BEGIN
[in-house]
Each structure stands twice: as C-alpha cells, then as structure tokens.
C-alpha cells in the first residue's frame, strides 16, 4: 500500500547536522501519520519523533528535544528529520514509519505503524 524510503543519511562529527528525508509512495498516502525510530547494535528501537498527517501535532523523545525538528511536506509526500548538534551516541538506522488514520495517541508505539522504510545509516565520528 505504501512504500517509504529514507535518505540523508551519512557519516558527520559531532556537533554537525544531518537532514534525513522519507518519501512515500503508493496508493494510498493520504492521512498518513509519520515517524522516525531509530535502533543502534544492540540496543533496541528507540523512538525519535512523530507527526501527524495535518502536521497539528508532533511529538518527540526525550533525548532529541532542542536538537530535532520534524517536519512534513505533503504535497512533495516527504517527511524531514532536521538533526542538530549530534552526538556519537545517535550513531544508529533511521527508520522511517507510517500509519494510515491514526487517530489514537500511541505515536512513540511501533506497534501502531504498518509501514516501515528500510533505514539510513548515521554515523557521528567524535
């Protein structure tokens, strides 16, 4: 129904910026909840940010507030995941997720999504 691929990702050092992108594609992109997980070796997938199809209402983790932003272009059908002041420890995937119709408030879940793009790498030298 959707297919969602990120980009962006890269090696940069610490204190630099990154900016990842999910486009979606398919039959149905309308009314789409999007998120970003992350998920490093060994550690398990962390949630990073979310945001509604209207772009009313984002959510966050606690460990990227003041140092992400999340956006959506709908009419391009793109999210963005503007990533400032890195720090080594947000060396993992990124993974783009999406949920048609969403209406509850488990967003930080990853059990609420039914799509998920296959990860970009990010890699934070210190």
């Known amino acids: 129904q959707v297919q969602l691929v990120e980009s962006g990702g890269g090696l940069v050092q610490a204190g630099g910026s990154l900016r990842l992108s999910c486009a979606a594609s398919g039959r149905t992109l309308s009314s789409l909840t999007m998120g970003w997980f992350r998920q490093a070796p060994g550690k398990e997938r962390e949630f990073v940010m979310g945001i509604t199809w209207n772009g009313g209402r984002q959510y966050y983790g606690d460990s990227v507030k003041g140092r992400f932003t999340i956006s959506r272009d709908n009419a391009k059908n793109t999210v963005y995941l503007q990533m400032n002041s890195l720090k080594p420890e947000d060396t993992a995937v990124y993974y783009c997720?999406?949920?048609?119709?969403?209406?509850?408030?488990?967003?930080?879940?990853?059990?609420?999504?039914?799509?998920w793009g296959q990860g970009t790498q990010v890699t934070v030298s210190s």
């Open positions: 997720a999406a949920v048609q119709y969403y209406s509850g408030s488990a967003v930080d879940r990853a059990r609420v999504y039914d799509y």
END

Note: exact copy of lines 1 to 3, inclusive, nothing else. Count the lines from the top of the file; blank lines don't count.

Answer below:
[in-house]
Each structure stands twice: as C-alpha cells, then as structure tokens.
C-alpha cells in the first residue's frame, strides 16, 4: 500500500547536522501519520519523533528535544528529520514509519505503524 524510503543519511562529527528525508509512495498516502525510530547494535528501537498527517501535532523523545525538528511536506509526500548538534551516541538506522488514520495517541508505539522504510545509516565520528 505504501512504500517509504529514507535518505540523508551519512557519516558527520559531532556537533554537525544531518537532514534525513522519507518519501512515500503508493496508493494510498493520504492521512498518513509519520515517524522516525531509530535502533543502534544492540540496543533496541528507540523512538525519535512523530507527526501527524495535518502536521497539528508532533511529538518527540526525550533525548532529541532542542536538537530535532520534524517536519512534513505533503504535497512533495516527504517527511524531514532536521538533526542538530549530534552526538556519537545517535550513531544508529533511521527508520522511517507510517500509519494510515491514526487517530489514537500511541505515536512513540511501533506497534501502531504498518509501514516501515528500510533505514539510513548515521554515523557521528567524535